Christina Hendricks by Frank Ockenfels/AMC Christina Hendricks by Frank Ockenfels/AMC
Christina Hendricks brings devilish fun to the office of

Mad Men (Sundays at 10 pm/ET, AMC) as sexy office manager Joan. But Joan's no dummy: Sunday's episode will reveal a new dimension to the complicated, calculating vixen. We caught up with Hendricks to chat about this week's juicy storyline, how she transforms herself into Joan and why she has blisters on her thighs. -

Adam Bryant TVGuide.com: Sixteen Emmy nominations. Doubled ratings for the Season 2 premiere. Life in Mad Men land is pretty good, huh?
Christina Hendricks:
It's amazing. I guess AMC pumped up their advertising this year, and between word of mouth and critics being so kind to us, I think it really caught on. We were sitting around the night before [the Emmy nominations were announced] all wondering what would happen, but I think everyone is just thrilled that we're working so hard and people are noticing. TVGuide.com: Are your surprised that a show this nuanced is getting such fan reaction?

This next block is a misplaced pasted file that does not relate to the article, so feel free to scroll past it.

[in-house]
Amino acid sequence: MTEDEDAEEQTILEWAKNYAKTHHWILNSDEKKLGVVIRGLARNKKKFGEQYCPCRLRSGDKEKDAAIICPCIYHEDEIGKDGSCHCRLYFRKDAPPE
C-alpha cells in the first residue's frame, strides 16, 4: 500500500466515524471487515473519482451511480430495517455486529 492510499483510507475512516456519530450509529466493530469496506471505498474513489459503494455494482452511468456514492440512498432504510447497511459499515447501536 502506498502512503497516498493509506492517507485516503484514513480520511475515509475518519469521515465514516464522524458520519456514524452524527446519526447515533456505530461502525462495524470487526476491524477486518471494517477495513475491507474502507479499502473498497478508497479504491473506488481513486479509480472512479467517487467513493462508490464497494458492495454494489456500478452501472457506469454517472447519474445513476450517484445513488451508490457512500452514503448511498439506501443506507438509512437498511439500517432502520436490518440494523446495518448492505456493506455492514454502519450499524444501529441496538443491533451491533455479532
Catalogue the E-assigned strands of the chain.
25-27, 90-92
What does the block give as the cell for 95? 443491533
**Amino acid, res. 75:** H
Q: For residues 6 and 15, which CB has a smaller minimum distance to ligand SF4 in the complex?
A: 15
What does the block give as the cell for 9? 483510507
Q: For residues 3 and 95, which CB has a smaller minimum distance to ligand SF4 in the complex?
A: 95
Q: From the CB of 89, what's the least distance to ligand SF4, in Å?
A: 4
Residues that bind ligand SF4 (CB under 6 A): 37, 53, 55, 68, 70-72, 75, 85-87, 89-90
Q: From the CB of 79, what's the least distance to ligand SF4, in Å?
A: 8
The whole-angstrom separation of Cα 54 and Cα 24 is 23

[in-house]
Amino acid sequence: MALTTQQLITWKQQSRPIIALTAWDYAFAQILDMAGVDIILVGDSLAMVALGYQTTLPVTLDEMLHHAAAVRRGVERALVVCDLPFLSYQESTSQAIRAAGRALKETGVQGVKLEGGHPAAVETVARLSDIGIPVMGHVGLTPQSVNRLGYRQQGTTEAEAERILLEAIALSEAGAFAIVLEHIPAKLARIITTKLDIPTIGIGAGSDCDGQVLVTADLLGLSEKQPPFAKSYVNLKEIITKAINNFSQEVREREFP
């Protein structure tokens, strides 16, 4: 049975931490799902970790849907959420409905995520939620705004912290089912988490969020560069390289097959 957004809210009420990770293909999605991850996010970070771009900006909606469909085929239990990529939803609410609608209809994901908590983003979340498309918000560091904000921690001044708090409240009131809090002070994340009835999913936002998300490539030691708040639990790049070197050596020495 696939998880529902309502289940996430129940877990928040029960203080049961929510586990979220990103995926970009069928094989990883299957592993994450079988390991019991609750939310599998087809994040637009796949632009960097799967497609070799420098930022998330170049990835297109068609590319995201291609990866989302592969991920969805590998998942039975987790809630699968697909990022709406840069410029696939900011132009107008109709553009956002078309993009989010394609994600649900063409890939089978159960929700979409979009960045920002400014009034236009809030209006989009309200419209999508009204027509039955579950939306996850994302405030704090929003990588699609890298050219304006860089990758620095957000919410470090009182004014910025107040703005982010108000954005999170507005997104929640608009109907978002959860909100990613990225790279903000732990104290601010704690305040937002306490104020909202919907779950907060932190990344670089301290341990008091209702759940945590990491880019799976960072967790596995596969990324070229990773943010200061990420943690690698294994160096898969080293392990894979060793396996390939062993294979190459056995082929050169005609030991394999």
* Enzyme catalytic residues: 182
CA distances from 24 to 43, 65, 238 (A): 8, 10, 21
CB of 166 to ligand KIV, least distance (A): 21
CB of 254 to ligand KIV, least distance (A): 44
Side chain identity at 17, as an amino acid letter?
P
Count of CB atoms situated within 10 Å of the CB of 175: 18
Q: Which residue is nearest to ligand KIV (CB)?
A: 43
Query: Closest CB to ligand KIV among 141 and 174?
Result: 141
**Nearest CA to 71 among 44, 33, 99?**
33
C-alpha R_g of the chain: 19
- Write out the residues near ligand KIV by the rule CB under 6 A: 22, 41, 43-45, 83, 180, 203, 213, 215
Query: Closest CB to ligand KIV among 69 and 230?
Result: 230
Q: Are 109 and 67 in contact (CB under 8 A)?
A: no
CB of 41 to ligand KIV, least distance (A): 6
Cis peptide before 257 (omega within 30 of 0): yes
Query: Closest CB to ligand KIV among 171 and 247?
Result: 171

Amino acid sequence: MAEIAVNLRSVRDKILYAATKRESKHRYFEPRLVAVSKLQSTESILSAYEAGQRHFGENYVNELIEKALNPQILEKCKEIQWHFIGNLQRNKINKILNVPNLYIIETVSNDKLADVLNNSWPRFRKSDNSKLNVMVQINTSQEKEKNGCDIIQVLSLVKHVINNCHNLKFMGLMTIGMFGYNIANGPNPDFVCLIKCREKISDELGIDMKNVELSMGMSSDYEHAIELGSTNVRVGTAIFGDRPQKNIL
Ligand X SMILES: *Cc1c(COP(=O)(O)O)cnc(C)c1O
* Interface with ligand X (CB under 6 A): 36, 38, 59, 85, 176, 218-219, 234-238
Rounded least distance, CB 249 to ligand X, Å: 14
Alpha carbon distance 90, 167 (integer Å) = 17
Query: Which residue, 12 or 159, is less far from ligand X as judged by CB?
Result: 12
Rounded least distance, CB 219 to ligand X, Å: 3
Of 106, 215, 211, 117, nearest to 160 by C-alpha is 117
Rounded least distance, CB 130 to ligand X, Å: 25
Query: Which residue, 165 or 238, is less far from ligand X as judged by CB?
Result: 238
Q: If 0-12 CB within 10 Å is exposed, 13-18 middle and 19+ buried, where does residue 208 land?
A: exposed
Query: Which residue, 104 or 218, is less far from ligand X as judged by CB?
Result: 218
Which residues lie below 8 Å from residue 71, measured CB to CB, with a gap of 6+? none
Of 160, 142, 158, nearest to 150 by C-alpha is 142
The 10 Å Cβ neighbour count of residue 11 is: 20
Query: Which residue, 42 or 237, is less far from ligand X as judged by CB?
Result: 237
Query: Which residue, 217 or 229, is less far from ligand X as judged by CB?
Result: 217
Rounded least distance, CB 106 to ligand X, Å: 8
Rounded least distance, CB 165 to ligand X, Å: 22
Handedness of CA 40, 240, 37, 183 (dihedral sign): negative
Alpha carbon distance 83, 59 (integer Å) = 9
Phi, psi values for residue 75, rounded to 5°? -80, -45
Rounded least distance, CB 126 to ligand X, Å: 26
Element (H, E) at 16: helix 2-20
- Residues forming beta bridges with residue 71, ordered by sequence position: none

Hendricks:
I think a lot of people are looking for shows like that - I know have been - and the shows that I felt were like that are gone. It's not fluff TV that you can talk in the middle of and walk around the room. You have to really sit down, and for some people that might be too much. But from what I hear, it's refreshing for most people, and they're happy to have found it. TVGuide.com: It's definitely a serious show, but Joan has plenty of fun.
Hendricks:
She does bring levity to the office, and she has a sense of humor and doesn't take things too seriously, which is really fun to play. But she is also hiding and protective of a lot of things in her own life, and her way to deal to with it is to clean up the others' messes. That's what's great about these characters - they're so well-written and there are so many levels to them that not one character represents something. Each character is rich and well-rounded. It's my dream job. TVGuide.com: You appear much younger in person. How do you make Joan appear so mature?